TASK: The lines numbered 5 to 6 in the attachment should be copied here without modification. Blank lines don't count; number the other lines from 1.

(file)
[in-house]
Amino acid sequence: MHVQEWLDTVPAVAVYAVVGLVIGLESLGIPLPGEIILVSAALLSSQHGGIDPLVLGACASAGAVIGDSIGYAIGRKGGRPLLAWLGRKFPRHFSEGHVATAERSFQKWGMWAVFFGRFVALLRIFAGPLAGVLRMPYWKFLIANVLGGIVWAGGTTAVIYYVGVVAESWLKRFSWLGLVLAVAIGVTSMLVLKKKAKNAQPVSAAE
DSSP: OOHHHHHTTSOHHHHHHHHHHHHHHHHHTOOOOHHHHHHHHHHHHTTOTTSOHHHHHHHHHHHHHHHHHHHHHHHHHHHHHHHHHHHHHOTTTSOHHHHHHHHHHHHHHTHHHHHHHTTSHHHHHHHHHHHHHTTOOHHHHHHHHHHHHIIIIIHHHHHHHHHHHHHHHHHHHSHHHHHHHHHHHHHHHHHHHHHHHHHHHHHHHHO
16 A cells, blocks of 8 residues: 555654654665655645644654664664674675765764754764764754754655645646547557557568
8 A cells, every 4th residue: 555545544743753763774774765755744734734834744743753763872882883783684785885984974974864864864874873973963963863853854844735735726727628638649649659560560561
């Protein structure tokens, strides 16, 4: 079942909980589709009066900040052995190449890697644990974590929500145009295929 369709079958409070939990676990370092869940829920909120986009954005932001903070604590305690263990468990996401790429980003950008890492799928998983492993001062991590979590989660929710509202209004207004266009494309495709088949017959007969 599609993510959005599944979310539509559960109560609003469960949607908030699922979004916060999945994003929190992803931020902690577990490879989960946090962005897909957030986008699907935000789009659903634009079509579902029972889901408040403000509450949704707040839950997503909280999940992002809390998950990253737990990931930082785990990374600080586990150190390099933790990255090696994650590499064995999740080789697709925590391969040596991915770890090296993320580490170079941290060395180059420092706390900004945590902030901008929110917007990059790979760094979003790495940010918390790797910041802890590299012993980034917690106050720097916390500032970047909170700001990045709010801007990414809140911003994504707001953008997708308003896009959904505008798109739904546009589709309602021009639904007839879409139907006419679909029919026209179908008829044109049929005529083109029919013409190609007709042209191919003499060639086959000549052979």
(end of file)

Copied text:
8 A cells, every 4th residue: 555545544743753763774774765755744734734834744743753763872882883783684785885984974974864864864874873973963963863853854844735735726727628638649649659560560561
């Protein structure tokens, strides 16, 4: 079942909980589709009066900040052995190449890697644990974590929500145009295929 369709079958409070939990676990370092869940829920909120986009954005932001903070604590305690263990468990996401790429980003950008890492799928998983492993001062991590979590989660929710509202209004207004266009494309495709088949017959007969 599609993510959005599944979310539509559960109560609003469960949607908030699922979004916060999945994003929190992803931020902690577990490879989960946090962005897909957030986008699907935000789009659903634009079509579902029972889901408040403000509450949704707040839950997503909280999940992002809390998950990253737990990931930082785990990374600080586990150190390099933790990255090696994650590499064995999740080789697709925590391969040596991915770890090296993320580490170079941290060395180059420092706390900004945590902030901008929110917007990059790979760094979003790495940010918390790797910041802890590299012993980034917690106050720097916390500032970047909170700001990045709010801007990414809140911003994504707001953008997708308003896009959904505008798109739904546009589709309602021009639904007839879409139907006419679909029919026209179908008829044109049929005529083109029919013409190609007709042209191919003499060639086959000549052979």